In 1969, he became a graduate assistant coach at Syracuse and coached the freshman team to a 16-2 record. He became a full-time assistant in 1972 and took over the Head Coach position for the Orangemen in 1976.
For the 28 years leading up to his induction, his coaching record was 676-234 (.743) with his teams receiving 27 post-seasonal invitations (NIT or NCAA). His 23 NCAA appearances show 13 years attaining the Sweet Sixteen, three Final Fours and the 2003 NCAA National Collegiate Basketball Championship. He won Big East Coach of the Year honors in 1984 and 1991.
He is actively involved with the Kidney Foundation, and the Coaches vs. Cancer Program. He is married and the father of four children.
Richard G. Blackwell 'Coach' (Retired, 1977)
Upon his arrival at Lyons Central School in 1950, Dick Blackwell moved Lyons into Class A as a legendary coach in the Wayne Finger Lakes League. His sixteen years of coaching created a record of 210 wins and 80 losses for a .724 winning percentage. His team went undefeated in his first season of coaching basketball, winning the Class A Section V title in 1952 with a record of 18-0. By 1954, the Lyons Lions won their second Section V crown in three years. His teams won nine Wayne Finger Lakes titles and were regular Sectional Tournament participants, including a run of seven consecutive years.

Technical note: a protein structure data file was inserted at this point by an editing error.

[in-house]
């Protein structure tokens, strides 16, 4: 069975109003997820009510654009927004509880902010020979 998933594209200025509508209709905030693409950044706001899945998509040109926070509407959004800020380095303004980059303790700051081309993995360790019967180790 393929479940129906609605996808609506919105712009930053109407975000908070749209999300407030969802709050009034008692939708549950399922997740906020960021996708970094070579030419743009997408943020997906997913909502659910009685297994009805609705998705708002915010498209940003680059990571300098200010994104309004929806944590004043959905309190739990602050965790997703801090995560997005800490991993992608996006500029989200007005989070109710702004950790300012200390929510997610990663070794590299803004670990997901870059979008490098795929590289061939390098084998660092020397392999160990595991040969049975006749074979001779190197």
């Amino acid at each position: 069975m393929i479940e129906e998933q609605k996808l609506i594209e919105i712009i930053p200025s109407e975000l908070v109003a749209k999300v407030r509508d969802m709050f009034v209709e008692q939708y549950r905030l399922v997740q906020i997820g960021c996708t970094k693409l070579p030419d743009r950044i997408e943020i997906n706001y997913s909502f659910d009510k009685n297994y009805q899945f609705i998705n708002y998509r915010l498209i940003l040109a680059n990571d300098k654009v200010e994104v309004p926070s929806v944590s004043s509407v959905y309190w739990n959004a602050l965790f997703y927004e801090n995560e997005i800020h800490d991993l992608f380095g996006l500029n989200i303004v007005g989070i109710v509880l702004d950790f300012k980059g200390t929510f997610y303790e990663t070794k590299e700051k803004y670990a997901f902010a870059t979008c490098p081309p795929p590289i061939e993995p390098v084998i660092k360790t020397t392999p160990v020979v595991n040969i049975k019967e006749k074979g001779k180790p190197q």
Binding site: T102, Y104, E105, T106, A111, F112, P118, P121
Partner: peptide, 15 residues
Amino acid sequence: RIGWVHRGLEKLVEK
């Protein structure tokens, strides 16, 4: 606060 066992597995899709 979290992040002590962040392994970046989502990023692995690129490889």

During that time, they made it at least to the semi-finals every year. The last six years of his coaching career (1961-1966) showed an outstanding team with 110 wins, 13 losses and a.894 winning percentage. He was the recipient of Coach of the Year honors several times and coached several Lions players who went on to play Division I in college basketball.
In addition to his coaching career, he also was the President of the Wayne County Athletic Association for two years and the Athletic Director at Lyons for ten years. An avid golfer, he was Section V’s Golf Chairman for twelve years and coached the Lyons golf team to their only Section V title in the sport. In 1960, he became the first Pro at the new Wayne Hills Country Club in Lock Berlin.